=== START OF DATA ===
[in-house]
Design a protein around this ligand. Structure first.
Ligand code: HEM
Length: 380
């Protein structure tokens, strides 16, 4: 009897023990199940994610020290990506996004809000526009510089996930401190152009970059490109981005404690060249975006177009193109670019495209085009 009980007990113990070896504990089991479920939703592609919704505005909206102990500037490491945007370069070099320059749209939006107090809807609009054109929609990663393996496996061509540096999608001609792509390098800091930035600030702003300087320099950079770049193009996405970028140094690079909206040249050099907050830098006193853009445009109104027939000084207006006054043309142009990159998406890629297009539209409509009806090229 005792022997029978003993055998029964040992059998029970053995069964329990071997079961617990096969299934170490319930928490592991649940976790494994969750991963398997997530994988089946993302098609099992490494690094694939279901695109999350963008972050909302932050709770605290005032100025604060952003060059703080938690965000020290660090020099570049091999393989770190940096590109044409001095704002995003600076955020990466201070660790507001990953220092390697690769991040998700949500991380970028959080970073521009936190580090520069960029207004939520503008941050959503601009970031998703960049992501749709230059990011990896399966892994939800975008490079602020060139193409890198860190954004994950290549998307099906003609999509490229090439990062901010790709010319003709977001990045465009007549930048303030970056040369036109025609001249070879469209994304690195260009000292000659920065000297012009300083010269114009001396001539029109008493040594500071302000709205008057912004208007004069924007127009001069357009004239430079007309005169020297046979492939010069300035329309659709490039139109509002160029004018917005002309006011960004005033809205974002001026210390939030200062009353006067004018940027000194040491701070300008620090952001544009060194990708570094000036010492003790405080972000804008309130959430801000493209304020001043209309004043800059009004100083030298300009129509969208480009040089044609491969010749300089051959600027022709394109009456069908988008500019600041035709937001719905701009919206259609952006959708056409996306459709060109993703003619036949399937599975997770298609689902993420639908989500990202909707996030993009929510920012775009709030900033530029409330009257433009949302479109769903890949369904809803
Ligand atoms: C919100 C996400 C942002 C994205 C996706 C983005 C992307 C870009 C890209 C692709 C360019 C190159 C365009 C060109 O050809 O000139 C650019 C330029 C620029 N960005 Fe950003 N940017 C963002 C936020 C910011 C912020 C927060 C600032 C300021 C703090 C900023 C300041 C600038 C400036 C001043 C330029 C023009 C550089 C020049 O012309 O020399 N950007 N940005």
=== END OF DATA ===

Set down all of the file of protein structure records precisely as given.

[in-house]
Design a protein around this ligand. Structure first.
Ligand code: HEM
Length: 380
């Protein structure tokens, strides 16, 4: 009897023990199940994610020290990506996004809000526009510089996930401190152009970059490109981005404690060249975006177009193109670019495209085009 009980007990113990070896504990089991479920939703592609919704505005909206102990500037490491945007370069070099320059749209939006107090809807609009054109929609990663393996496996061509540096999608001609792509390098800091930035600030702003300087320099950079770049193009996405970028140094690079909206040249050099907050830098006193853009445009109104027939000084207006006054043309142009990159998406890629297009539209409509009806090229 005792022997029978003993055998029964040992059998029970053995069964329990071997079961617990096969299934170490319930928490592991649940976790494994969750991963398997997530994988089946993302098609099992490494690094694939279901695109999350963008972050909302932050709770605290005032100025604060952003060059703080938690965000020290660090020099570049091999393989770190940096590109044409001095704002995003600076955020990466201070660790507001990953220092390697690769991040998700949500991380970028959080970073521009936190580090520069960029207004939520503008941050959503601009970031998703960049992501749709230059990011990896399966892994939800975008490079602020060139193409890198860190954004994950290549998307099906003609999509490229090439990062901010790709010319003709977001990045465009007549930048303030970056040369036109025609001249070879469209994304690195260009000292000659920065000297012009300083010269114009001396001539029109008493040594500071302000709205008057912004208007004069924007127009001069357009004239430079007309005169020297046979492939010069300035329309659709490039139109509002160029004018917005002309006011960004005033809205974002001026210390939030200062009353006067004018940027000194040491701070300008620090952001544009060194990708570094000036010492003790405080972000804008309130959430801000493209304020001043209309004043800059009004100083030298300009129509969208480009040089044609491969010749300089051959600027022709394109009456069908988008500019600041035709937001719905701009919206259609952006959708056409996306459709060109993703003619036949399937599975997770298609689902993420639908989500990202909707996030993009929510920012775009709030900033530029409330009257433009949302479109769903890949369904809803
Ligand atoms: C919100 C996400 C942002 C994205 C996706 C983005 C992307 C870009 C890209 C692709 C360019 C190159 C365009 C060109 O050809 O000139 C650019 C330029 C620029 N960005 Fe950003 N940017 C963002 C936020 C910011 C912020 C927060 C600032 C300021 C703090 C900023 C300041 C600038 C400036 C001043 C330029 C023009 C550089 C020049 O012309 O020399 N950007 N940005």